Servizio Comunitario di Informazione in materia di Ricerca e Sviluppo - CORDIS

Final Activity Report Summary - REGUBAC (Functional Genomics of Transcriptional Regulation in Bacilli)

In a previous European project, namely BIO-CT95-0278, in which our collaborators at the 'Institut National de la Recherche Agronomique' (INRA) in Paris-Grignon had participated, a number of new proteins acting as transcriptional regulators in bacilli were identified, for which no or little biochemical and biophysical characterisation had yet been done. In our project, we selected some of them on the basis of their implication in the control of crucial biological processes, such as metabolism or pathogenesis, and we performed a thorough analysis of their interactions with their operator Deoxyribonucleic acid (DNA) sequences and modulator molecules.

Our biophysical studies were performed in the context of a multidisciplinary project involving structural studies as well as in vivo tests by our collaborators in CBS and at INRA Paris-Grignon. Our work permitted establishing a molecular mechanism for the transcriptional regulation of gapA, an essential gene for bacillus subtilis growth under glycolytic conditions, by the CggR repressor. Moreover, we found a particular mechanism of gapA transcription induction by the sugar fructose bisphosphatase (FBP), linked to two different affinity sites for the effector sugar in the structure of CggR.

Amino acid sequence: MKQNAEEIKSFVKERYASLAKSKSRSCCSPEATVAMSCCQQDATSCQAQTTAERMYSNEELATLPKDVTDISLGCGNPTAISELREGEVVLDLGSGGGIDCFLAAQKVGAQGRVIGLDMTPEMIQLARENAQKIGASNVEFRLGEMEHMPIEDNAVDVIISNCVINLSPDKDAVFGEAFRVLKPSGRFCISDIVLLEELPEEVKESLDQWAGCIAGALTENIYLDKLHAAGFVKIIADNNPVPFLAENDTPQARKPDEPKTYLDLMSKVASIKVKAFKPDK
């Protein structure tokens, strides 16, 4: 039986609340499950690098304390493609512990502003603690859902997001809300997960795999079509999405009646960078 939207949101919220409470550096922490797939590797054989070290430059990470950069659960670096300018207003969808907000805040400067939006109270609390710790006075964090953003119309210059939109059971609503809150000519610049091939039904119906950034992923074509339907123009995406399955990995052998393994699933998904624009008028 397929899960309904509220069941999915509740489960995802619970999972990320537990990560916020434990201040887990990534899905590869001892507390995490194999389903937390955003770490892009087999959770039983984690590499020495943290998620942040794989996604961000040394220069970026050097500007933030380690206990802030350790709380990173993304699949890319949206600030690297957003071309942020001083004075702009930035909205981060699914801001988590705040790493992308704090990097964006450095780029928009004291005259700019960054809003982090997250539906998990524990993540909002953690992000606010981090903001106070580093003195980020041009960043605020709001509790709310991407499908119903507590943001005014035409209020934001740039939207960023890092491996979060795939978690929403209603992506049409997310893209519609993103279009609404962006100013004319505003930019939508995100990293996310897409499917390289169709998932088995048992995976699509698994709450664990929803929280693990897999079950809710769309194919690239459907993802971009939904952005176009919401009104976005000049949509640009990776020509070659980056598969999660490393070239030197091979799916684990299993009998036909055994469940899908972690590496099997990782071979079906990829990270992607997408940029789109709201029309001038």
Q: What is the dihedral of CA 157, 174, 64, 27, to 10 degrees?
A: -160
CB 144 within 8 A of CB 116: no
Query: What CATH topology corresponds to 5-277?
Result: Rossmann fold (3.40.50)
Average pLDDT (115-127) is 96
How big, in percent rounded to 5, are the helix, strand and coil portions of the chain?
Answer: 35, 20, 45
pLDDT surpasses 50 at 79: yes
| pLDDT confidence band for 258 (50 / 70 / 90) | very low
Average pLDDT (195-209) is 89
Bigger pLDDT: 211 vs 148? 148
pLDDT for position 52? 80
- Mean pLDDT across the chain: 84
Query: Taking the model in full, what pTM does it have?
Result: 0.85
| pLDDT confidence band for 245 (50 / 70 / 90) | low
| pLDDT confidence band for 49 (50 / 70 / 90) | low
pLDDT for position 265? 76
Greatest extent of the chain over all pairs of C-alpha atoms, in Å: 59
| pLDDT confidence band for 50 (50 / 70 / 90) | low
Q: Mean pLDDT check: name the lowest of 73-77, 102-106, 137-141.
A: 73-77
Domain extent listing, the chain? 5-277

The proposed model might be of general applicability, given the high level of sequence homology in between CggR-like proteins and the DNA operators in different gram positive bacteria, some of which were pathogenic. Besides, we performed an in-depth analysis of the interaction of the sugar FBP with CggR repressor, from which we concluded that, in addition to its role as inductor of gapA transcription, FBP was also a cofactor of CggR with profound effects on its structure and stability. On the other hand, we analysed the specificity of the interaction of the regulator PLCR, a transcriptional inductor of genes of virulence in different species of bacillus, with its activator peptide. Our studies were implemented in a mechanistic model for the regulation by this protein, which had a homolog in streptococcus pneumoniae.

Finally, we performed a thorough analysis of the interaction of CcpN, a repressor of essential genes for bacillus subtilis growth under gluconeogenic conditions, with their target operator DNAs, using novel methodological fluorescence spectroscopy and analytical ultracentrifugation approaches. On a broader level, our project contributed to the development and application of state of the art single molecule fluorescence spectroscopy methods, unique for their capacity to analyse macromolecular interactions directly in the cellular environment and to set a solid collaboration in between groups in the 'Consejo Superior de Investigaciones Cientificas' (CSIC), Spain, and the 'Centre National de la Recherche Scientifique' (CNRS), France.

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